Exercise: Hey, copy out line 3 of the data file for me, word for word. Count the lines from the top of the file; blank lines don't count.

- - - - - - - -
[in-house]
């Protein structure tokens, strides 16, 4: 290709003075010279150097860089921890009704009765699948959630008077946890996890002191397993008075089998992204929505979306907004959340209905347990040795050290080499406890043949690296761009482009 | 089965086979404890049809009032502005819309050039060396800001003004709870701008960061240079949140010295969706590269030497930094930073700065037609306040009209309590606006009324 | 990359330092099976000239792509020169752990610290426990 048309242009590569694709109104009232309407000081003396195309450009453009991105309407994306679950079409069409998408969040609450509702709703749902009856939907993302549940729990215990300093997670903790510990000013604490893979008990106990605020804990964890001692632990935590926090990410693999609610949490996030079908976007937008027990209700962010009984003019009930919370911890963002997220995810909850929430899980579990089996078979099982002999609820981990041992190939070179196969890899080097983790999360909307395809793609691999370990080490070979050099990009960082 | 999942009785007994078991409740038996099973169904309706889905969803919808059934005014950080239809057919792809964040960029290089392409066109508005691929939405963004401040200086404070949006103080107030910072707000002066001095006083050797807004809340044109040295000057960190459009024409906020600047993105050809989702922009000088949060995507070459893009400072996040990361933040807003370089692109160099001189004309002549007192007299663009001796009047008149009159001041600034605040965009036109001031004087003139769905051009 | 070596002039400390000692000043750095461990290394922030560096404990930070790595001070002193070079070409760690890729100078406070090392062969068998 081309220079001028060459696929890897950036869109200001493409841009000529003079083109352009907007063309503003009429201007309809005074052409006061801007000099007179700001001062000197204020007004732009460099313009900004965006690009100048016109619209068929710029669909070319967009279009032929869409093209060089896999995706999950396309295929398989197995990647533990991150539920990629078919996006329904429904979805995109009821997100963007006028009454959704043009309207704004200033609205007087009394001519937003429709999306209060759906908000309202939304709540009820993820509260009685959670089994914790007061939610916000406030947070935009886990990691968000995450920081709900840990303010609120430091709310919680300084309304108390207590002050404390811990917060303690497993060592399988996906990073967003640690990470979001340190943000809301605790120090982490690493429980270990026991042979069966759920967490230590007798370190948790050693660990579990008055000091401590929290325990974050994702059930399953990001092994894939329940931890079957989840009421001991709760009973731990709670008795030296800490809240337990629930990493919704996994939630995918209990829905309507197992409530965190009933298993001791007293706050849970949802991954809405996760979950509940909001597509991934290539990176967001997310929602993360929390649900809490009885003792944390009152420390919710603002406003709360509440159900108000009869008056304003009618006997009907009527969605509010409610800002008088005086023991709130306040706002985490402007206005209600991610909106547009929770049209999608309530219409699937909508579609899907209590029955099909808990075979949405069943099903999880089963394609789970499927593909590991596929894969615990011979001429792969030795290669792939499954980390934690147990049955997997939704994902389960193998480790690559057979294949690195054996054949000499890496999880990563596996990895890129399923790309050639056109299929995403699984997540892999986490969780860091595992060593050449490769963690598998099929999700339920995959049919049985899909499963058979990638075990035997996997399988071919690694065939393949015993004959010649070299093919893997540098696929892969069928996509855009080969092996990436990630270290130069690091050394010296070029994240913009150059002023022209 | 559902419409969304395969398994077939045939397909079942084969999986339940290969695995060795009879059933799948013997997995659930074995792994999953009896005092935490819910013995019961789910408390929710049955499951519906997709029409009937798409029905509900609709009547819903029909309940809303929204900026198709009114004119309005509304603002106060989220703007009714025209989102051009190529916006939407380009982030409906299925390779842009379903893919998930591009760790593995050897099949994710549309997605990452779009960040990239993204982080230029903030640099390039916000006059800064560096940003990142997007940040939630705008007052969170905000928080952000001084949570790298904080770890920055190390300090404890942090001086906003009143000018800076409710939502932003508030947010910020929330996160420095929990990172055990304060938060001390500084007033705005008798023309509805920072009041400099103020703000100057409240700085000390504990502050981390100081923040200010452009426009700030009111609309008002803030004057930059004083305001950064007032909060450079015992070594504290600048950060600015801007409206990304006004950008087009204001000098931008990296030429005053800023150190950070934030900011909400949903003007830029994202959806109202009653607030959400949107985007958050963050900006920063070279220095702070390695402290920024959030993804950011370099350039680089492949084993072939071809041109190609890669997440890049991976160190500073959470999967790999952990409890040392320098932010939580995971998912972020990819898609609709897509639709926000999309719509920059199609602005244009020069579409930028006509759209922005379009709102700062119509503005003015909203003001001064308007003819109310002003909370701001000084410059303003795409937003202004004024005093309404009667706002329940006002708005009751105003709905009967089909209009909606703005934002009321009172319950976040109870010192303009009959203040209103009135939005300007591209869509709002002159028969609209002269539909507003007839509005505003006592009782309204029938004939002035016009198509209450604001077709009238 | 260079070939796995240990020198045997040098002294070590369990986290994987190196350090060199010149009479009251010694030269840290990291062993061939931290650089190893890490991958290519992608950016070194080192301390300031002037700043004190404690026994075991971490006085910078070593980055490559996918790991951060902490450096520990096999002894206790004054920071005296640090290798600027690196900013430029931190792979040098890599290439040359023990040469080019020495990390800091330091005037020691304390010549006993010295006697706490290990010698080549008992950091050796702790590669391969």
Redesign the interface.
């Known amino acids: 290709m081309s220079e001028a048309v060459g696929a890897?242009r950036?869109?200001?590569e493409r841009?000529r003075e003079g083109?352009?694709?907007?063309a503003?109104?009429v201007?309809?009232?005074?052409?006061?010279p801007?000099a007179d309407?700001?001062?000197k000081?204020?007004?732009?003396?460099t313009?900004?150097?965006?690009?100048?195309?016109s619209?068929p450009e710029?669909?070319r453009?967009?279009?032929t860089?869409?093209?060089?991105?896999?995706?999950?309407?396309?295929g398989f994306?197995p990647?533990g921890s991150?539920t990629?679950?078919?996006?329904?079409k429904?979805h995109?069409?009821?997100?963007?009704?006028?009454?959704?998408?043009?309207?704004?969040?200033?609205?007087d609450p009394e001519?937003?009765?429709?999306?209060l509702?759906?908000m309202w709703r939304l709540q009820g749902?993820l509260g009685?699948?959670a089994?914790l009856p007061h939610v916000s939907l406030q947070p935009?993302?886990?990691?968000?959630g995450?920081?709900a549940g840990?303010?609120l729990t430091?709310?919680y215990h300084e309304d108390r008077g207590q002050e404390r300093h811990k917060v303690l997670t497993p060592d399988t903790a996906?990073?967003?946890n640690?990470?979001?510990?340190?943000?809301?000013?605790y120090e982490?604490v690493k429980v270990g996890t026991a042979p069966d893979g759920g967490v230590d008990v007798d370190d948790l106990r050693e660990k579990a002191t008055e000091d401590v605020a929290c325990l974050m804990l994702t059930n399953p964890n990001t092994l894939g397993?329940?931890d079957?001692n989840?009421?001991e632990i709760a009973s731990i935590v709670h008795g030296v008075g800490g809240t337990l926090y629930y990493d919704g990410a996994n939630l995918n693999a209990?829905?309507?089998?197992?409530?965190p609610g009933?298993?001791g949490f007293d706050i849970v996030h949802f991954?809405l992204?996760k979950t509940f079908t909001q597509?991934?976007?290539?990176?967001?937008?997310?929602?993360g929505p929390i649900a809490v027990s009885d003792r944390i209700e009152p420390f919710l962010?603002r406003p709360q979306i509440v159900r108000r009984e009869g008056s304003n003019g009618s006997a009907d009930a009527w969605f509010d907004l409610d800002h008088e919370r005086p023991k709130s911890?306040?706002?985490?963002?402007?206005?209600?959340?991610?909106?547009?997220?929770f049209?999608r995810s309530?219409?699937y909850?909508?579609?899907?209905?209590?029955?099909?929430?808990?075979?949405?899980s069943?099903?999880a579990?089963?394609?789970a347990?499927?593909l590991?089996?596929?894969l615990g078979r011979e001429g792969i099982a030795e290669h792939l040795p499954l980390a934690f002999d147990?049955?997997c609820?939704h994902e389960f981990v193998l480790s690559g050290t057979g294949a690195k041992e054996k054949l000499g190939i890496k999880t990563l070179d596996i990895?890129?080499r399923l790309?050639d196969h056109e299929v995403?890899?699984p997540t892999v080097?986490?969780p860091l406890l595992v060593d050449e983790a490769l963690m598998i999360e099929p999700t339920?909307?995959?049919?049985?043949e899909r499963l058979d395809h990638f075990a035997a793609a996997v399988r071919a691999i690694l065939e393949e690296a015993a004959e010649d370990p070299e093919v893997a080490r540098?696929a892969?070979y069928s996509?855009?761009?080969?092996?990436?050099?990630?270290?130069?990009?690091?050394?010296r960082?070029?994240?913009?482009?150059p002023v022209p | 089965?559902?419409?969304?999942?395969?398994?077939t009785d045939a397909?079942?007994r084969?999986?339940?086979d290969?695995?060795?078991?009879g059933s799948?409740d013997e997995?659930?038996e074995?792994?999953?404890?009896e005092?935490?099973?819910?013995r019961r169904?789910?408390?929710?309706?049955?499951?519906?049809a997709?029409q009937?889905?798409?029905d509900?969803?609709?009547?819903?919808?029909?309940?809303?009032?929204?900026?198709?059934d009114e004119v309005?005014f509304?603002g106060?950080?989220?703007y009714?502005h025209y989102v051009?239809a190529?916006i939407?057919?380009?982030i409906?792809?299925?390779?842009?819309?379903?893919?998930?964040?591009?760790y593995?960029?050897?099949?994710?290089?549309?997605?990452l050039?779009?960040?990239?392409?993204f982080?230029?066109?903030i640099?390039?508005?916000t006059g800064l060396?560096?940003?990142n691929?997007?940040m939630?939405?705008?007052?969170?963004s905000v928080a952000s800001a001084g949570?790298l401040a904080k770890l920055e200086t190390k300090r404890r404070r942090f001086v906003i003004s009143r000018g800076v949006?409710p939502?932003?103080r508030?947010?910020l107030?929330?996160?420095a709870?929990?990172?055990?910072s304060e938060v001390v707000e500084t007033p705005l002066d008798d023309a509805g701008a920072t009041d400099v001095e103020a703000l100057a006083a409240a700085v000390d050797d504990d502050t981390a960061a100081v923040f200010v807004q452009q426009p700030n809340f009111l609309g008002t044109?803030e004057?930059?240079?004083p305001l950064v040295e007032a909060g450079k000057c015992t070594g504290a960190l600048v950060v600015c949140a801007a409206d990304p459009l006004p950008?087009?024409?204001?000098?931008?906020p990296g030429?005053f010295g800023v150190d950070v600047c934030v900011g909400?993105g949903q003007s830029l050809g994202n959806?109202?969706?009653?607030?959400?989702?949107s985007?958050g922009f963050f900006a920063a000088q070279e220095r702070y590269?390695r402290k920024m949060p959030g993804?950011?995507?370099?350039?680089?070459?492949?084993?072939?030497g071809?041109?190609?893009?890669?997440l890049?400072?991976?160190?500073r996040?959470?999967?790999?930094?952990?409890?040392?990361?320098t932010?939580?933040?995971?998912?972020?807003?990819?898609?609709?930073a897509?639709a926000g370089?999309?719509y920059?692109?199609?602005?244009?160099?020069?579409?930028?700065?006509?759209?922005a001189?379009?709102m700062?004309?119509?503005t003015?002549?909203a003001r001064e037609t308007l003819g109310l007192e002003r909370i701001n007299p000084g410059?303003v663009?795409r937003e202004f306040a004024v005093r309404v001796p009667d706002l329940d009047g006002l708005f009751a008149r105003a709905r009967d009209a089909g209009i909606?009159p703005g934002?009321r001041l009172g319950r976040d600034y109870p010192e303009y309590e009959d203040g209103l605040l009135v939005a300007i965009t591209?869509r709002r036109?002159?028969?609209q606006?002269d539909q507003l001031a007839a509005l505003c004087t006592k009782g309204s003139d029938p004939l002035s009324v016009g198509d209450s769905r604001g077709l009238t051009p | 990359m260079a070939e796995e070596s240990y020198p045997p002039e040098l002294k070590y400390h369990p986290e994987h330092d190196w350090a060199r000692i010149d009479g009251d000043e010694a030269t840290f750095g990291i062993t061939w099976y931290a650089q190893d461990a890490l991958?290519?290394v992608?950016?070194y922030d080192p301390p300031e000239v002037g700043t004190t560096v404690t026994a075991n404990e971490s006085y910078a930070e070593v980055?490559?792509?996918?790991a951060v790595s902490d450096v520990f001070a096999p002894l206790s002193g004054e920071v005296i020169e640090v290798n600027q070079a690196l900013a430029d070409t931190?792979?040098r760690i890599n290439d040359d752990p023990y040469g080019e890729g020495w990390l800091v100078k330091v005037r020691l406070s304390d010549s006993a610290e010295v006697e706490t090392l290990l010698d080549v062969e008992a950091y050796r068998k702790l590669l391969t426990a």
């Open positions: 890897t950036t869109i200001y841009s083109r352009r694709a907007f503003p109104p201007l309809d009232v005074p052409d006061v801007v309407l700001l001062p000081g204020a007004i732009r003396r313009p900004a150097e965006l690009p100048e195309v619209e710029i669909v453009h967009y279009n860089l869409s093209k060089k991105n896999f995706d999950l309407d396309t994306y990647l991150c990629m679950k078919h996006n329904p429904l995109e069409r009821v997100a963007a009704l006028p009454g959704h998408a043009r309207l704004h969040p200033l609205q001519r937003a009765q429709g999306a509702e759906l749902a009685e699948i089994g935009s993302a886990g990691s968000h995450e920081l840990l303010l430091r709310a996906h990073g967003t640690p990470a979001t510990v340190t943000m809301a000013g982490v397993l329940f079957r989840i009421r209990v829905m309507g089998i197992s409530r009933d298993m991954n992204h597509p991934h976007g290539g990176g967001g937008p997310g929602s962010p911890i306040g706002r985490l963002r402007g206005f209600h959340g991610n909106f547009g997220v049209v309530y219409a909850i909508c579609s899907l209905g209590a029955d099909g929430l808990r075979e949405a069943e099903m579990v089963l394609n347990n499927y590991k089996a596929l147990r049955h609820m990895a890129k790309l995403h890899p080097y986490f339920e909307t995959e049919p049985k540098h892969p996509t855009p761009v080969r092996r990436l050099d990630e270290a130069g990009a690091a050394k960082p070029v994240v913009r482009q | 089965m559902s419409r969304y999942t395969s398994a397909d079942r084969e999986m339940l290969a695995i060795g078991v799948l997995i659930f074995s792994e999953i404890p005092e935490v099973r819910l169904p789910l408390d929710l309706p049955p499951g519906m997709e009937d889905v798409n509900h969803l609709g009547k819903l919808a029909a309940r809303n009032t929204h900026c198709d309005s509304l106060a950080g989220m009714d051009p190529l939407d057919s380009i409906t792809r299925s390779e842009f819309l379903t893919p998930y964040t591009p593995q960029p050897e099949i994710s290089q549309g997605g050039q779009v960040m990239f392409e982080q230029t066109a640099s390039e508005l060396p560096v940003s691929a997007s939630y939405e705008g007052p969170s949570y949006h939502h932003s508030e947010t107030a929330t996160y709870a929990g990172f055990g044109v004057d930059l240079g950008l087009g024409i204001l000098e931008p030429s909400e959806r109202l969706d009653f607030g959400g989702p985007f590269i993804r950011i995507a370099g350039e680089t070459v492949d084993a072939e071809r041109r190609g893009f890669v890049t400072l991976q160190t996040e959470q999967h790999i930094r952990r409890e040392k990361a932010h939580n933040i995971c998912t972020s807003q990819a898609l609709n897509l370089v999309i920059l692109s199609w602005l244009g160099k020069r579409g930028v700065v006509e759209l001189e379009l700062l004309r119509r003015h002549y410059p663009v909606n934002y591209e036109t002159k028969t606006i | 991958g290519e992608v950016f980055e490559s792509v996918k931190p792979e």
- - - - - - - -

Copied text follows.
Redesign the interface.